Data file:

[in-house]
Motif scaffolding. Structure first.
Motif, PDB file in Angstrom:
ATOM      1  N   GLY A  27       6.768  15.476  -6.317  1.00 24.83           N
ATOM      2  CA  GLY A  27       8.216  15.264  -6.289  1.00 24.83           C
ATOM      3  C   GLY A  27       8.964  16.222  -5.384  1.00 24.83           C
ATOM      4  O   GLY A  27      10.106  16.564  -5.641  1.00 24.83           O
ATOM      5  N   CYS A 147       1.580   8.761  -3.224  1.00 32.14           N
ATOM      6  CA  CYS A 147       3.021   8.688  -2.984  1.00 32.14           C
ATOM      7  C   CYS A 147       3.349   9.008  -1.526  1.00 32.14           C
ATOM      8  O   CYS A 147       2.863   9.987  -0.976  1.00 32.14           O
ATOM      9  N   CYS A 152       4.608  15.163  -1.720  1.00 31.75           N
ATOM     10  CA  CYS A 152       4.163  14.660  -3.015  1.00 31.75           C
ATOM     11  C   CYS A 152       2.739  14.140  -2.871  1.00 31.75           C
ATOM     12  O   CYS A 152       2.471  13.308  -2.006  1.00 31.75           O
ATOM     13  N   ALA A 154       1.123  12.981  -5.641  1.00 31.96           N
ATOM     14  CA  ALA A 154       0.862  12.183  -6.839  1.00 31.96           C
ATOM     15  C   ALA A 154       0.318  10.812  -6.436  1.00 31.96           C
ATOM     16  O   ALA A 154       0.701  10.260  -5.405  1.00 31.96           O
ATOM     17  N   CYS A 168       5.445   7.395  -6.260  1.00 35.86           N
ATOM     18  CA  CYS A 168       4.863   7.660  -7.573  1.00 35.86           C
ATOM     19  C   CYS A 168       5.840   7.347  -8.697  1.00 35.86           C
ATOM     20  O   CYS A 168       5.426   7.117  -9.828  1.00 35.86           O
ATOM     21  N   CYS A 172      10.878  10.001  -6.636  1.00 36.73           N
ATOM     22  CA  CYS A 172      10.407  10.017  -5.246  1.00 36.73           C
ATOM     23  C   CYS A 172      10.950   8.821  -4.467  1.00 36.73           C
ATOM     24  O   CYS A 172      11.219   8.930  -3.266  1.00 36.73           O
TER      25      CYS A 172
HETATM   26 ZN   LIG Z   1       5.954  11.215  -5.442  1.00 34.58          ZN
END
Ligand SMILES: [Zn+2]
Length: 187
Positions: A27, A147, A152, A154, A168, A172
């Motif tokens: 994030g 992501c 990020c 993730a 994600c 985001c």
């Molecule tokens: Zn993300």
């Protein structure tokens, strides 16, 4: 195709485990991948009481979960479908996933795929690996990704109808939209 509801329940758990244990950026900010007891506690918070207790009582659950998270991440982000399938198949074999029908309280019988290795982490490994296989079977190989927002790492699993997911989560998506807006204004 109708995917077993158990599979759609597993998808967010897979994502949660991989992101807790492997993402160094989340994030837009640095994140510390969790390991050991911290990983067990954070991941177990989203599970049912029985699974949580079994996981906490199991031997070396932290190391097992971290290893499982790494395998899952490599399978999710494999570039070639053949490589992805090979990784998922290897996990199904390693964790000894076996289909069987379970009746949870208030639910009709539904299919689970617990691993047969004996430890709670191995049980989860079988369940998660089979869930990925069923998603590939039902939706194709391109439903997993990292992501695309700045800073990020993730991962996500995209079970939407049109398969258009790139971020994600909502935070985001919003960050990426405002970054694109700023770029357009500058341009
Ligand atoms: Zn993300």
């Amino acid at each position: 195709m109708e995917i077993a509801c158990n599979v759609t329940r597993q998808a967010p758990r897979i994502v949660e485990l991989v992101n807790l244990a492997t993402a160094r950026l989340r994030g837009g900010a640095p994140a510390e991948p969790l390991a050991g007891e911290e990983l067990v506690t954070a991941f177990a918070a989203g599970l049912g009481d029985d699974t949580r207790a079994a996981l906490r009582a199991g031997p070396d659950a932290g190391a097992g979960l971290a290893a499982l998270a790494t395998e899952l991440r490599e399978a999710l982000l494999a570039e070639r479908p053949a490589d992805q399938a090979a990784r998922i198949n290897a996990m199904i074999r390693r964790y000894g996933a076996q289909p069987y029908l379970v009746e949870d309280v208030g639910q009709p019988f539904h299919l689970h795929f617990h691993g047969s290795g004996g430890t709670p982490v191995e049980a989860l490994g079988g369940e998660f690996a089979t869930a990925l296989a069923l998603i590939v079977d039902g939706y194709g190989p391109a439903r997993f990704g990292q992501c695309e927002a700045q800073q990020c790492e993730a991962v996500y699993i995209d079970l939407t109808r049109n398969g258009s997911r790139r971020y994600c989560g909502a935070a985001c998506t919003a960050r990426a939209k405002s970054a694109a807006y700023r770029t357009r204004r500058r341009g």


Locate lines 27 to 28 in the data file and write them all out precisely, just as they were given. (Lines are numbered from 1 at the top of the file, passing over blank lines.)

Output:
ATOM     24  O   CYS A 172      11.219   8.930  -3.266  1.00 36.73           O
TER      25      CYS A 172